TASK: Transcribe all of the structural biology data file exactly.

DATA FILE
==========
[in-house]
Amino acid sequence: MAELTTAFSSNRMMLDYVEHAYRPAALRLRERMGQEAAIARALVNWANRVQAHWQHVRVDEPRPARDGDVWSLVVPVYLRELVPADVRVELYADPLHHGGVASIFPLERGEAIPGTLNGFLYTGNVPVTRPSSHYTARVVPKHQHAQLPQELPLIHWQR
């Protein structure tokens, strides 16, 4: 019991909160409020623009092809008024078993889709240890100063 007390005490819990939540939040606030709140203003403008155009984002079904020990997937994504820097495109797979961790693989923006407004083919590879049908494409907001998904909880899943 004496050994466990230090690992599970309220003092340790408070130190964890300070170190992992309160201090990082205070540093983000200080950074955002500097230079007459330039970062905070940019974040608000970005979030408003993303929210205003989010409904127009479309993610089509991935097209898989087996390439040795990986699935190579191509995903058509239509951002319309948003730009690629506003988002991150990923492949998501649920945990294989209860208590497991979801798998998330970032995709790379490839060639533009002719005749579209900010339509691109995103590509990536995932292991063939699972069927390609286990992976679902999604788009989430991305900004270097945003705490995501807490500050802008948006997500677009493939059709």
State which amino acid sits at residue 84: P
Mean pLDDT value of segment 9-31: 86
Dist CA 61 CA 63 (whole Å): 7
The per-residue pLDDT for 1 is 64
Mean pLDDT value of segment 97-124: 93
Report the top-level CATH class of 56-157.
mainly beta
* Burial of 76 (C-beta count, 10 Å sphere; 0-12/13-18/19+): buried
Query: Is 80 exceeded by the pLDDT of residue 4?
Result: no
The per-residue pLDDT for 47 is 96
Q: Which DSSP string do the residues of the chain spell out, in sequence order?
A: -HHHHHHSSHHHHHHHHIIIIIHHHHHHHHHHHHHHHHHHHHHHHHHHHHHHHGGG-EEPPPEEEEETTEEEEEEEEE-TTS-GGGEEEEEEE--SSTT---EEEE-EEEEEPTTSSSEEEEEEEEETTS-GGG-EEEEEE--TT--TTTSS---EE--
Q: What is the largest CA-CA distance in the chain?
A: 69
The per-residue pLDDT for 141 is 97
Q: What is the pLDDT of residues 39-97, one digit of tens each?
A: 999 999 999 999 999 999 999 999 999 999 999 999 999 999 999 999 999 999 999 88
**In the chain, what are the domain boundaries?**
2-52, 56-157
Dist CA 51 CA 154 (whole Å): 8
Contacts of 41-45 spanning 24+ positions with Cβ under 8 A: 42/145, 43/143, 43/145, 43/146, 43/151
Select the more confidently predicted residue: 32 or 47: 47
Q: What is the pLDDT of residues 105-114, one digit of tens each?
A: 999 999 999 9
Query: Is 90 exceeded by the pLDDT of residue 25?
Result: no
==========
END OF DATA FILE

[in-house]
Amino acid sequence: MAELTTAFSSNRMMLDYVEHAYRPAALRLRERMGQEAAIARALVNWANRVQAHWQHVRVDEPRPARDGDVWSLVVPVYLRELVPADVRVELYADPLHHGGVASIFPLERGEAIPGTLNGFLYTGNVPVTRPSSHYTARVVPKHQHAQLPQELPLIHWQR
């Protein structure tokens, strides 16, 4: 019991909160409020623009092809008024078993889709240890100063 007390005490819990939540939040606030709140203003403008155009984002079904020990997937994504820097495109797979961790693989923006407004083919590879049908494409907001998904909880899943 004496050994466990230090690992599970309220003092340790408070130190964890300070170190992992309160201090990082205070540093983000200080950074955002500097230079007459330039970062905070940019974040608000970005979030408003993303929210205003989010409904127009479309993610089509991935097209898989087996390439040795990986699935190579191509995903058509239509951002319309948003730009690629506003988002991150990923492949998501649920945990294989209860208590497991979801798998998330970032995709790379490839060639533009002719005749579209900010339509691109995103590509990536995932292991063939699972069927390609286990992976679902999604788009989430991305900004270097945003705490995501807490500050802008948006997500677009493939059709």
State which amino acid sits at residue 84: P
Mean pLDDT value of segment 9-31: 86
Dist CA 61 CA 63 (whole Å): 7
The per-residue pLDDT for 1 is 64
Mean pLDDT value of segment 97-124: 93
Report the top-level CATH class of 56-157.
mainly beta
* Burial of 76 (C-beta count, 10 Å sphere; 0-12/13-18/19+): buried
Query: Is 80 exceeded by the pLDDT of residue 4?
Result: no
The per-residue pLDDT for 47 is 96
Q: Which DSSP string do the residues of the chain spell out, in sequence order?
A: -HHHHHHSSHHHHHHHHIIIIIHHHHHHHHHHHHHHHHHHHHHHHHHHHHHHHGGG-EEPPPEEEEETTEEEEEEEEE-TTS-GGGEEEEEEE--SSTT---EEEE-EEEEEPTTSSSEEEEEEEEETTS-GGG-EEEEEE--TT--TTTSS---EE--
Q: What is the largest CA-CA distance in the chain?
A: 69
The per-residue pLDDT for 141 is 97
Q: What is the pLDDT of residues 39-97, one digit of tens each?
A: 999 999 999 999 999 999 999 999 999 999 999 999 999 999 999 999 999 999 999 88
**In the chain, what are the domain boundaries?**
2-52, 56-157
Dist CA 51 CA 154 (whole Å): 8
Contacts of 41-45 spanning 24+ positions with Cβ under 8 A: 42/145, 43/143, 43/145, 43/146, 43/151
Select the more confidently predicted residue: 32 or 47: 47
Q: What is the pLDDT of residues 105-114, one digit of tens each?
A: 999 999 999 9
Query: Is 90 exceeded by the pLDDT of residue 25?
Result: no